11. In our view, none of the above contentions of the appellant should be accepted and this appeal should fail. From what we have stated above, it is clear that the present claim of the plaintiffs was also included in the previous suit, which, eventually, came up to this Court. It was, no doubt, ultimately rejected by this Court on the ground that, in a suit, merely for money, in which there was no claim for recovery of possession, future mesne profits cannot be decreed. That decision of this Court is reported in India Electric Works Ltd. v. Mrs. B.S. Mantosh, : AIR1956Cal148 . With all respect to the learned Judges, it may be pointed put that a different view was taken by this Court in a later decision in the case of Makhan Lal v. Girish Chandra Jana, 66 Cal WN 692, where it was held that a claim for mesne profits, even without a suit for ejectment or a prayer for recovery of possession, may well be maintainable. It is true that the attention of the Court in this last-mentioned case was not drawn to the above earlier decision. But this much is clear from the above two decisions that, when a party includes such a claim in a purely money suit, the matter cannot be said to have been done in bad faith or without due diligence. If, therefore, Section 14 otherwise applies, its said two elements, namely, good faith and due diligence, would be amply satisfied in the instant case. The question, however, is whether Section 14 would, on its terms or on principle, apply to a case of the present type.
12. Upon this point, there is a sharp conflict of judicial opinion. An acute controversy has been raised on this point and certain decisions have laid down that, when a party pursues what they have called a misconceived remedy. Section 14 would not apply. This, however, has to be properly understood. A misconceived remedy, in the above context, would connote only a misconception, which is not bona fide. If, however, as we have held above, in view of the position, as indicated in the above two decisions of this Court. : AIR1956Cal148 and 66 Cal WN 692 (supra), the inclusion of the claim for future mesne profits in the previous suit cannot be held to be mala fide or in bad faith or without due diligence, and the remedy, even if otherwise misconceived, would not fall within the mischief of the law, so as to put the present suit outside Section 14 of the Indian Limitation Act. Indeed, the weight of authority is in favour of the view that, in such a case, Section 14 of the Indian Limitation Act would apply and would aid the plaintiff. Reference, if necessary, may be made to the decision of the Patna High Court in the case of Janki Prasad v. Ram Kripal, : AIR1951Pat486 , following its earlier Full Bench decision in the case of Lal Bihari Lall v. Bani Madhava Khatri, AIR 1949 Pat 293 (FB). There are other earlier decisions on the point, supporting the same view, but it is not necessary to refer to the same.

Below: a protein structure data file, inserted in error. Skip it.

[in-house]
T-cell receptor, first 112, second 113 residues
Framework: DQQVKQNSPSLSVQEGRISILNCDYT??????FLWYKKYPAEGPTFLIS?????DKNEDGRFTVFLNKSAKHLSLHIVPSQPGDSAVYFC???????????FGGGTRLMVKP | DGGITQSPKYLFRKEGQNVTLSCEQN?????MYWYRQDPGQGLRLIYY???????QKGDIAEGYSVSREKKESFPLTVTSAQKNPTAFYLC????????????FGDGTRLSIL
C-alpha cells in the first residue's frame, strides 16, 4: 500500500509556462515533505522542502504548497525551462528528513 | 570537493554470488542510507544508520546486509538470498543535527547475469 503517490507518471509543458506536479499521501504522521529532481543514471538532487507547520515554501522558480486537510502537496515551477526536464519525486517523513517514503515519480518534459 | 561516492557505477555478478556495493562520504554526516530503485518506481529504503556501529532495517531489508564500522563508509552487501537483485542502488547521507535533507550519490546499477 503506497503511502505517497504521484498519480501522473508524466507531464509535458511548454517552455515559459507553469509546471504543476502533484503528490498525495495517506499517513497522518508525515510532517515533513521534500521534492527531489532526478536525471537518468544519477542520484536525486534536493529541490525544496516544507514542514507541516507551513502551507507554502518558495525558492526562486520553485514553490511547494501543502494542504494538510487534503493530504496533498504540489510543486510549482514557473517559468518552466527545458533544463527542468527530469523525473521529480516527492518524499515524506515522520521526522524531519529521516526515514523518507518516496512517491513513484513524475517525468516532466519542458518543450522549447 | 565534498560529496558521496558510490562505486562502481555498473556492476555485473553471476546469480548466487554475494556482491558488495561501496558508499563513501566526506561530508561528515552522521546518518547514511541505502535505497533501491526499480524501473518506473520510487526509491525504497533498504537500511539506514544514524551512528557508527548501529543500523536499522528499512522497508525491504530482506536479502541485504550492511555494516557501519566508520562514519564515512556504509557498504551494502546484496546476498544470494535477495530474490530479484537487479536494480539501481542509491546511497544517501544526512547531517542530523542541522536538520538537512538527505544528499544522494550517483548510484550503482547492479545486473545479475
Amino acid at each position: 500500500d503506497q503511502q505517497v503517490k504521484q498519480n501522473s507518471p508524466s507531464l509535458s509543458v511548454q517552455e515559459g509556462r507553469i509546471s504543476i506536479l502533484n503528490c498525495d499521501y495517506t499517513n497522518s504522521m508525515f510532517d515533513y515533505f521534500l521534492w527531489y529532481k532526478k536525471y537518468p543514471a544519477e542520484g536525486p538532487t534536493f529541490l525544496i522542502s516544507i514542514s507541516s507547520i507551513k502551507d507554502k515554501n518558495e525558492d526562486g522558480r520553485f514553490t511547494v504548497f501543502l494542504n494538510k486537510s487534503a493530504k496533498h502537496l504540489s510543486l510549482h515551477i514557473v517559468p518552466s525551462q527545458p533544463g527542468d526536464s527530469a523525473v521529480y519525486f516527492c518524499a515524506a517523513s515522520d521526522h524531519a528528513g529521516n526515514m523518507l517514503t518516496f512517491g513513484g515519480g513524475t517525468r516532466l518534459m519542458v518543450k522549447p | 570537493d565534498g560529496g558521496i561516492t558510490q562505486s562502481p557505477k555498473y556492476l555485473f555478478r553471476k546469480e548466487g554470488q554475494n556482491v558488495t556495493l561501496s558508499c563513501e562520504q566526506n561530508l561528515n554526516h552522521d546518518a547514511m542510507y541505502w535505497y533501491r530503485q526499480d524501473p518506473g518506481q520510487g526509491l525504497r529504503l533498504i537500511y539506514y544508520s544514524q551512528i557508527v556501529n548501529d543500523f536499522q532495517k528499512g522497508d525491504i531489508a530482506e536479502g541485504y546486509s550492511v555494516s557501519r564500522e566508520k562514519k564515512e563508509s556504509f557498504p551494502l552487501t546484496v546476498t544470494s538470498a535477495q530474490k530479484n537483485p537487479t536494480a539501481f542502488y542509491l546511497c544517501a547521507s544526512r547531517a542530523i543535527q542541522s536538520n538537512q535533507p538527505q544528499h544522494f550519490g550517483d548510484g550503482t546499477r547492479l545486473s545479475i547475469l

13. A point may be raised that, in this case, the previous suit in its entirety cannot be said to have been misconceived or suffering from this defect and it is only this claim, which was part of the claim in the said suit, which suffered from this infirmity. We do not, however, think that, on principle, and, at any rate, in the particular circumstances before us, -- the said distinction would make any difference. We would, accordingly, hold that the plaintiffs would be entitled to the benefit of Section 14 of the Indian Limitation Act for the entire period, for which the defective proceeding, in which the claim for future mesne profits was originally made until it ultimately failed in this Court, remained pending. If this is excluded, there can be no question that no part of the plaintiffs' present claim would be barred by limitation.
14. We may add that, if Section 14 had not applied and the plaintiffs had to rely upon the principle of suspension of limitation, otherwise available, they would have been under the compelling necessity of losing, at least, a part of their present claim as the suspension of limitation could not have helped them except for the period from after the disposal of the previous suit by the trial Court until the disposal of the appeal in this Court. That would, no doubt, have covered the major part of the period in question but would not have availed the plaintiffs for the entire period. How-ever, as, in our view, the plaintiffs are entitled to the benefit of Section 14 of the Indian Limitation Act, their entire claim would be saved from limitation. We would, accordingly, answer this question of limitation in favour of the plaintiffs in agreement with the learned Subordinate Judge and overrule the appellant's objection on the point.
15. Coming, now, to the question of rates, it is true that this Court assessed the damages at Rs. 200/- per month. That, however, was for the period upto November 21, 1948. The evidence on the record shows that, since that date, prices of materials have increased, necessarily, also, bringing, in its trail, increase of rent and, accordingly, damages or compensation for use and occupation. The learned Subordinate Judge has, upon the evidence before him, found that, in the circumstances, Rs. 250/- per month would be a fair assessment for the period in suit. We are not inclined to differ from the said view of the learned Judge. We would, accordingly, affirm the said rate and maintain the decree of the learned Subordinate Judge, made on the basis of the same.
16. In the result, this appeal will fail and it will be dismissed. The respondents will be entitled to their costs of this appeal, hearing-fee being assessed at Rs. 340/-.
17. I agree.